By Timothy Schafer, Local Journalism Initiative Reporter

The site of City Hall being occupied by protesters likely won’t be a repeated sight.

Earlier last month around 50 people walked inside the first floor of the municipal government building — that contained Service BC and city staff — carrying signs and staged a quiet occupation of the office, forcing management to close Service BC to the public and city staff to cancel appointments.

On Tuesday night city council enacted the terms of the Trespass Act, authorizing the city manager to enforce the powers under the act, allowing the banning or suspension of members of the public from entering into City Hall. 

After the Nov. 3 incident legal counsel advised that a city staff member be authorized by council in order to enforce the Trespass Act “if such individuals return to City Hall.”

There have been a small number of isolated incidents at City Hall where a member of the public harassed staff, noted the staff report to council on the matter. 

“As a result, these members of the public have been banned from City Hall and the police were notified,” the report noted.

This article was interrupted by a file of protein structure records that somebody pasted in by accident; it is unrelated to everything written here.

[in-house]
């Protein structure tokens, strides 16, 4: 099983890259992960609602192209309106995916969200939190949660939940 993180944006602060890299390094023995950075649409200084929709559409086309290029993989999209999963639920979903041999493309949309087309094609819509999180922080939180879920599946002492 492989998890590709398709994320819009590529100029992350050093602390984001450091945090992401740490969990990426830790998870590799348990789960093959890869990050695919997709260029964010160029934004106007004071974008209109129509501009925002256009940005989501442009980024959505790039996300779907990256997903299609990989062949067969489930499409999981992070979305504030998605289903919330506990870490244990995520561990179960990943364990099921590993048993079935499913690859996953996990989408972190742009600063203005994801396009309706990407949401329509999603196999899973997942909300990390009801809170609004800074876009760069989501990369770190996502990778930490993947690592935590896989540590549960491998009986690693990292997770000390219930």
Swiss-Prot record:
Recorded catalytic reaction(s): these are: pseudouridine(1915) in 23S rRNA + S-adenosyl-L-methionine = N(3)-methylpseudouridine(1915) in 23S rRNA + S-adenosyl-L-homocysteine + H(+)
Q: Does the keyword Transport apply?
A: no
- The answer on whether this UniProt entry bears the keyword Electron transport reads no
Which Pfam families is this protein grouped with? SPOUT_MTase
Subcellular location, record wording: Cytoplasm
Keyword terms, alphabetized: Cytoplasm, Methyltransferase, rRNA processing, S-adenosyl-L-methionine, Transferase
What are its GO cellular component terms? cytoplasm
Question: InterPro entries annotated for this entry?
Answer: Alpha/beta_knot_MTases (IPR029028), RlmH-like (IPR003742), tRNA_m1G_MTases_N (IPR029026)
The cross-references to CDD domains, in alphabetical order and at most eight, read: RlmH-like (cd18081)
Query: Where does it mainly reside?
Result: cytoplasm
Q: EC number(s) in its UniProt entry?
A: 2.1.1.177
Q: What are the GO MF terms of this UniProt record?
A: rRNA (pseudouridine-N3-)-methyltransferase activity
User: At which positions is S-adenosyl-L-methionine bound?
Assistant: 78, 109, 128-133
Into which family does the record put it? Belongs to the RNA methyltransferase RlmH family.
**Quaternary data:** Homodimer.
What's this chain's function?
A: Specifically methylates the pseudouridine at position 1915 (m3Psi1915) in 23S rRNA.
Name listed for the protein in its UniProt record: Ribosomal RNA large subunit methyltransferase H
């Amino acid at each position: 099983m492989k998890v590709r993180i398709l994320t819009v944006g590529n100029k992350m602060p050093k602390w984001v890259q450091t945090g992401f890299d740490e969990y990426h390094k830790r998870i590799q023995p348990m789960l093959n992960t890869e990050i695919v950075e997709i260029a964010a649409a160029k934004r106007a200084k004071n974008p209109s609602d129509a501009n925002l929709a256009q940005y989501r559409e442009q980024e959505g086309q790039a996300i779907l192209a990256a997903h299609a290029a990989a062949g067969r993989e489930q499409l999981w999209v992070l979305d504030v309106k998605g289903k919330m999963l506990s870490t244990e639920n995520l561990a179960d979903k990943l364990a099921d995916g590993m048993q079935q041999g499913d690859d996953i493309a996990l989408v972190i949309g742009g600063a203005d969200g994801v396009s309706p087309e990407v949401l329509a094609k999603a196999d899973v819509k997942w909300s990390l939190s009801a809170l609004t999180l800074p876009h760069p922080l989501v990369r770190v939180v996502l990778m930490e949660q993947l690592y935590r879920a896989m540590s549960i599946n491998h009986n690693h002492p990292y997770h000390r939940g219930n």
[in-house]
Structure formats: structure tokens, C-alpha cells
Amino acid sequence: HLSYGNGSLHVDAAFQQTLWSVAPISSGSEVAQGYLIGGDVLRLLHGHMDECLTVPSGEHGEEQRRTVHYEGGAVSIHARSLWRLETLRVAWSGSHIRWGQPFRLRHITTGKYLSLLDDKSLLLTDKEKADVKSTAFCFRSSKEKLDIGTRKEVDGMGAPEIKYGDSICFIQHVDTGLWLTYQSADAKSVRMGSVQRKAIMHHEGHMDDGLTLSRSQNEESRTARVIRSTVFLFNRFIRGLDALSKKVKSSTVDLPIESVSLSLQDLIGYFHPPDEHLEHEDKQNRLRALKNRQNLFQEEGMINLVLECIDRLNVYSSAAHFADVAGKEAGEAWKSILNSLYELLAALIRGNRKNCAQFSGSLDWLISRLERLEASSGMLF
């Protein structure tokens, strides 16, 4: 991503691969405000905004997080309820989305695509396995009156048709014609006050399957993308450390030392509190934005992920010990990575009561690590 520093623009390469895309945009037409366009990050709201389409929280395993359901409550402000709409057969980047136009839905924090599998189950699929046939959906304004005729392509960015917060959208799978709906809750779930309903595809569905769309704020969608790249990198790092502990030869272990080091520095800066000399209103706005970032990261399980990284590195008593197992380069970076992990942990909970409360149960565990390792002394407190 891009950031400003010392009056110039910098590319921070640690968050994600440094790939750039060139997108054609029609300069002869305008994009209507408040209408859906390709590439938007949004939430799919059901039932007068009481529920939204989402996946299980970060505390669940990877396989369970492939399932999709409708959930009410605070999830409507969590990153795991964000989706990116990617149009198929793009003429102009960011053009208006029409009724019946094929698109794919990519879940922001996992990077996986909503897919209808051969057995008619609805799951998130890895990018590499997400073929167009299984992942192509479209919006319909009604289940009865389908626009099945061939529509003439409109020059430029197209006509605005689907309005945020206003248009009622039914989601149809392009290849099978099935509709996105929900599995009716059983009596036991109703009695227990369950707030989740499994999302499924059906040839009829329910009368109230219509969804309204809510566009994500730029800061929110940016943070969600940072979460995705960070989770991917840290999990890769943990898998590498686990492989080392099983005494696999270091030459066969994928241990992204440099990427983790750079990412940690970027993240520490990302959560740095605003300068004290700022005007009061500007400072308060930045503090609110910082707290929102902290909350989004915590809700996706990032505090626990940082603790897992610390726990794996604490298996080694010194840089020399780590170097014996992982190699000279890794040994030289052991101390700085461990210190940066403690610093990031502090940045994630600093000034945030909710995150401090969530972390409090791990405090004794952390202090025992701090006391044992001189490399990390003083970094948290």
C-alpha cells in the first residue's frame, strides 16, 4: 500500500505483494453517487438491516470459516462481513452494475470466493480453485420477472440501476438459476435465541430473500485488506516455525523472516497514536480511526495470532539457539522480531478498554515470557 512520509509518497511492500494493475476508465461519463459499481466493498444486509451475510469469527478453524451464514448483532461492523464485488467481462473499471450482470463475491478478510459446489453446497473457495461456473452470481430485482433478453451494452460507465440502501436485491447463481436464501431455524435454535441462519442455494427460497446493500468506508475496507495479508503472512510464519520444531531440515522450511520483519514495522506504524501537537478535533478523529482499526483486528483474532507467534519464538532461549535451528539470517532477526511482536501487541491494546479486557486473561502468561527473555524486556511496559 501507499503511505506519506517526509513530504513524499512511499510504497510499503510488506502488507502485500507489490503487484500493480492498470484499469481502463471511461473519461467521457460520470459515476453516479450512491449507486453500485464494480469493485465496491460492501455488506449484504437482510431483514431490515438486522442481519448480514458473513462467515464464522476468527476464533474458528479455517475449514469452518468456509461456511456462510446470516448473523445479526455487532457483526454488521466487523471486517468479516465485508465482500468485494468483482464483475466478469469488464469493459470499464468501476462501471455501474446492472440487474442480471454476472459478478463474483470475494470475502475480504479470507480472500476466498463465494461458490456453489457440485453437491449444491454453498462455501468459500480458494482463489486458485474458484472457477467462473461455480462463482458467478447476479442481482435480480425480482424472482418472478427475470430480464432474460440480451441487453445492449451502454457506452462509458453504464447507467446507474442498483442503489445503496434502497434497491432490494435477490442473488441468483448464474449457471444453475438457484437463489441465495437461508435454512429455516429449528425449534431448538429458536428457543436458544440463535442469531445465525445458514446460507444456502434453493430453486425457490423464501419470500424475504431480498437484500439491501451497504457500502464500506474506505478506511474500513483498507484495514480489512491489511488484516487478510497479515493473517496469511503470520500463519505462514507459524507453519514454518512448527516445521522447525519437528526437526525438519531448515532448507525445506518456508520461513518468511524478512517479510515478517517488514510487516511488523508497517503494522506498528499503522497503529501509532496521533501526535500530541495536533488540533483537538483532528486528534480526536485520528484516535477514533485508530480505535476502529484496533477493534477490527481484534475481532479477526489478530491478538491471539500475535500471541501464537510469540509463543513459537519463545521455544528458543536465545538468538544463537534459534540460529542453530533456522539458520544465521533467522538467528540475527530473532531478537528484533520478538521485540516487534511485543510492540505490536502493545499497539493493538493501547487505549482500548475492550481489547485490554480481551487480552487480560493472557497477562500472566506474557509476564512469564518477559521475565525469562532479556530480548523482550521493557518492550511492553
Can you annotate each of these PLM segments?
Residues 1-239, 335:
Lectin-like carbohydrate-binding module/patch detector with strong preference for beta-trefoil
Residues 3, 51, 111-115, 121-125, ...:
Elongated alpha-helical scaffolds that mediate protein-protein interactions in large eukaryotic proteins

Coun. Jesse Woodward said the issue was just about protecting people working in the building.

Rally outside, rally inside

A rally outside Nelson City Hall Nov. 3 against government COVID-19 restrictions attracted approximately 100 people as part of Worldwide Walkouts campaign.

Around one half of the people moved inside with their signs and quietly occupied the government offices — including Service BC — forcing closure of the provincial office and municipal offices.

At the time, the Ministry of Public Safety and Solicitor General said in an email statement that “(t)he government recognizes the public’s right to engage in peaceful protests and lawful assembly, and we want to ensure all British Columbians can have access to the services they need, when they need them.” 

Nelson Police attended the scene and escorted protesters outside the building.

From the Trespass Act

Trespassing, as it relates to City Hall, uses the following sections:

2 (1) Subject to section three, a person who does any of the following commits an offence:

(c) engages in activity on or in premises after the person has had notice from an occupier of the premises or an authorized person that the activity is prohibited.

(3) Subject to section 3, a person who has been directed, either orally or in writing, by an occupier of premises or an authorized person to

(a) leave the premises, or

(b) stop engaging in an activity on or in the premises

commits an offence if the person

(c) does not leave the premises or stop the activity, as applicable, as soon as practicable after receiving the direction, or

(d) re-enters the premises or resumes the activity on or in the premises, as applicable.


This item is reprinted with permission from The Nelson Daily. See article HERE.

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